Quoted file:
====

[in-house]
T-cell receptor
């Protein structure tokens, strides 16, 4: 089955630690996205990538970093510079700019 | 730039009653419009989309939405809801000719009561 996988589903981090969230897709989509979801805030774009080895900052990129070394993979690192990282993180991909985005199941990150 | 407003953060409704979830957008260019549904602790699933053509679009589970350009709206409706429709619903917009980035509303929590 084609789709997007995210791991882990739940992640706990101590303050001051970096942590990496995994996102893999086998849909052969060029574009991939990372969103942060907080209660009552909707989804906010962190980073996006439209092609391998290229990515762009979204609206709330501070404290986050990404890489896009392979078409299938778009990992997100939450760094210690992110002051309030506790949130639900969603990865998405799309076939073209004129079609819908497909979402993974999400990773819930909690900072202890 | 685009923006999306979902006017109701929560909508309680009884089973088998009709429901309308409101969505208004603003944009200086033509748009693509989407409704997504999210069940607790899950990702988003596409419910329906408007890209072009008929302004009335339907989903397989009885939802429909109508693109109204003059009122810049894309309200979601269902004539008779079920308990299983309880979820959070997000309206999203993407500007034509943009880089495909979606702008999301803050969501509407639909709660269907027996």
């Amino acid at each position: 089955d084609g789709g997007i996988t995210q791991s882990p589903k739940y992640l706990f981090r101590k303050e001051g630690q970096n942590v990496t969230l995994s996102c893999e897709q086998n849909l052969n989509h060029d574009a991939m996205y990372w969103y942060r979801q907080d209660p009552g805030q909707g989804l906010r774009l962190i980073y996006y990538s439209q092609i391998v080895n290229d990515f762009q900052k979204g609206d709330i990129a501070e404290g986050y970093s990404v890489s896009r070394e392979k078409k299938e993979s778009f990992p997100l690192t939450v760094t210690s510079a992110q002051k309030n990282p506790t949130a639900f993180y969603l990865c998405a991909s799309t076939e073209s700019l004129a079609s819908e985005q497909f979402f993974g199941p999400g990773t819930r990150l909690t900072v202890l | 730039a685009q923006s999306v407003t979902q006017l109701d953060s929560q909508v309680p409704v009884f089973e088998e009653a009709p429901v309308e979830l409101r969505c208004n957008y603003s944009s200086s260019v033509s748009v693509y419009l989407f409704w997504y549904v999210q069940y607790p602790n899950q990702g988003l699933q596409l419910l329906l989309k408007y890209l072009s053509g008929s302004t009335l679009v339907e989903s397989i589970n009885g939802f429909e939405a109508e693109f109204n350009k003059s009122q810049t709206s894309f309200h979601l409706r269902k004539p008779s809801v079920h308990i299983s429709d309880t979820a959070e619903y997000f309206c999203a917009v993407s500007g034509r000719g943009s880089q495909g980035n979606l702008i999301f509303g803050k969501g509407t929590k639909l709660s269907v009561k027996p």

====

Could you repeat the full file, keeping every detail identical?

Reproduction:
[in-house]
T-cell receptor
């Protein structure tokens, strides 16, 4: 089955630690996205990538970093510079700019 | 730039009653419009989309939405809801000719009561 996988589903981090969230897709989509979801805030774009080895900052990129070394993979690192990282993180991909985005199941990150 | 407003953060409704979830957008260019549904602790699933053509679009589970350009709206409706429709619903917009980035509303929590 084609789709997007995210791991882990739940992640706990101590303050001051970096942590990496995994996102893999086998849909052969060029574009991939990372969103942060907080209660009552909707989804906010962190980073996006439209092609391998290229990515762009979204609206709330501070404290986050990404890489896009392979078409299938778009990992997100939450760094210690992110002051309030506790949130639900969603990865998405799309076939073209004129079609819908497909979402993974999400990773819930909690900072202890 | 685009923006999306979902006017109701929560909508309680009884089973088998009709429901309308409101969505208004603003944009200086033509748009693509989407409704997504999210069940607790899950990702988003596409419910329906408007890209072009008929302004009335339907989903397989009885939802429909109508693109109204003059009122810049894309309200979601269902004539008779079920308990299983309880979820959070997000309206999203993407500007034509943009880089495909979606702008999301803050969501509407639909709660269907027996």
């Amino acid at each position: 089955d084609g789709g997007i996988t995210q791991s882990p589903k739940y992640l706990f981090r101590k303050e001051g630690q970096n942590v990496t969230l995994s996102c893999e897709q086998n849909l052969n989509h060029d574009a991939m996205y990372w969103y942060r979801q907080d209660p009552g805030q909707g989804l906010r774009l962190i980073y996006y990538s439209q092609i391998v080895n290229d990515f762009q900052k979204g609206d709330i990129a501070e404290g986050y970093s990404v890489s896009r070394e392979k078409k299938e993979s778009f990992p997100l690192t939450v760094t210690s510079a992110q002051k309030n990282p506790t949130a639900f993180y969603l990865c998405a991909s799309t076939e073209s700019l004129a079609s819908e985005q497909f979402f993974g199941p999400g990773t819930r990150l909690t900072v202890l | 730039a685009q923006s999306v407003t979902q006017l109701d953060s929560q909508v309680p409704v009884f089973e088998e009653a009709p429901v309308e979830l409101r969505c208004n957008y603003s944009s200086s260019v033509s748009v693509y419009l989407f409704w997504y549904v999210q069940y607790p602790n899950q990702g988003l699933q596409l419910l329906l989309k408007y890209l072009s053509g008929s302004t009335l679009v339907e989903s397989i589970n009885g939802f429909e939405a109508e693109f109204n350009k003059s009122q810049t709206s894309f309200h979601l409706r269902k004539p008779s809801v079920h308990i299983s429709d309880t979820a959070e619903y997000f309206c999203a917009v993407s500007g034509r000719g943009s880089q495909g980035n979606l702008i999301f509303g803050k969501g509407t929590k639909l709660s269907v009561k027996p």